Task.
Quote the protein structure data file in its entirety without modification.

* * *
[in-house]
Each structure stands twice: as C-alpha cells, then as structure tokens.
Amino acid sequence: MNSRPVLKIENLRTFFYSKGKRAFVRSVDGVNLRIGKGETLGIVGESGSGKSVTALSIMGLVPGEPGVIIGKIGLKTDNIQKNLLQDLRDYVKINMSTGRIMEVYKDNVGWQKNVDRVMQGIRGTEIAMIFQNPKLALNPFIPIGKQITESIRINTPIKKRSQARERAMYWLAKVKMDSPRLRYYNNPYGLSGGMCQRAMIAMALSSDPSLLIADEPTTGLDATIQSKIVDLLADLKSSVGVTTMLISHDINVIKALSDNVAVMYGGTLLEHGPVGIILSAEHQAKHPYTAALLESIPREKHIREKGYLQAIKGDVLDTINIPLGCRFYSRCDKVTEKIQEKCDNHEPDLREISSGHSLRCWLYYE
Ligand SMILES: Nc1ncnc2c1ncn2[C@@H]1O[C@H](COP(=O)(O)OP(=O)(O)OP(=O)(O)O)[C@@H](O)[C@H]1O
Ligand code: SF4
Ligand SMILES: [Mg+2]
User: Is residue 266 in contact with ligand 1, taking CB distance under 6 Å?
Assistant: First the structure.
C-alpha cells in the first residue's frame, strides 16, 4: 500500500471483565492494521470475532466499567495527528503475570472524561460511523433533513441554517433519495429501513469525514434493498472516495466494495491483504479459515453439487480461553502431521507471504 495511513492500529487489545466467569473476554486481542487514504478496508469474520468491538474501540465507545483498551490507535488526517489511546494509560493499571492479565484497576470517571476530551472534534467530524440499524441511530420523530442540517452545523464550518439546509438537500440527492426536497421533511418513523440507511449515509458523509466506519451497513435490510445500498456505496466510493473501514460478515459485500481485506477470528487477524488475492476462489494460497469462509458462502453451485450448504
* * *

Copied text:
[in-house]
Each structure stands twice: as C-alpha cells, then as structure tokens.
Amino acid sequence: MNSRPVLKIENLRTFFYSKGKRAFVRSVDGVNLRIGKGETLGIVGESGSGKSVTALSIMGLVPGEPGVIIGKIGLKTDNIQKNLLQDLRDYVKINMSTGRIMEVYKDNVGWQKNVDRVMQGIRGTEIAMIFQNPKLALNPFIPIGKQITESIRINTPIKKRSQARERAMYWLAKVKMDSPRLRYYNNPYGLSGGMCQRAMIAMALSSDPSLLIADEPTTGLDATIQSKIVDLLADLKSSVGVTTMLISHDINVIKALSDNVAVMYGGTLLEHGPVGIILSAEHQAKHPYTAALLESIPREKHIREKGYLQAIKGDVLDTINIPLGCRFYSRCDKVTEKIQEKCDNHEPDLREISSGHSLRCWLYYE
Ligand SMILES: Nc1ncnc2c1ncn2[C@@H]1O[C@H](COP(=O)(O)OP(=O)(O)OP(=O)(O)O)[C@@H](O)[C@H]1O
Ligand code: SF4
Ligand SMILES: [Mg+2]
User: Is residue 266 in contact with ligand 1, taking CB distance under 6 Å?
Assistant: First the structure.
C-alpha cells in the first residue's frame, strides 16, 4: 500500500471483565492494521470475532466499567495527528503475570472524561460511523433533513441554517433519495429501513469525514434493498472516495466494495491483504479459515453439487480461553502431521507471504 495511513492500529487489545466467569473476554486481542487514504478496508469474520468491538474501540465507545483498551490507535488526517489511546494509560493499571492479565484497576470517571476530551472534534467530524440499524441511530420523530442540517452545523464550518439546509438537500440527492426536497421533511418513523440507511449515509458523509466506519451497513435490510445500498456505496466510493473501514460478515459485500481485506477470528487477524488475492476462489494460497469462509458462502453451485450448504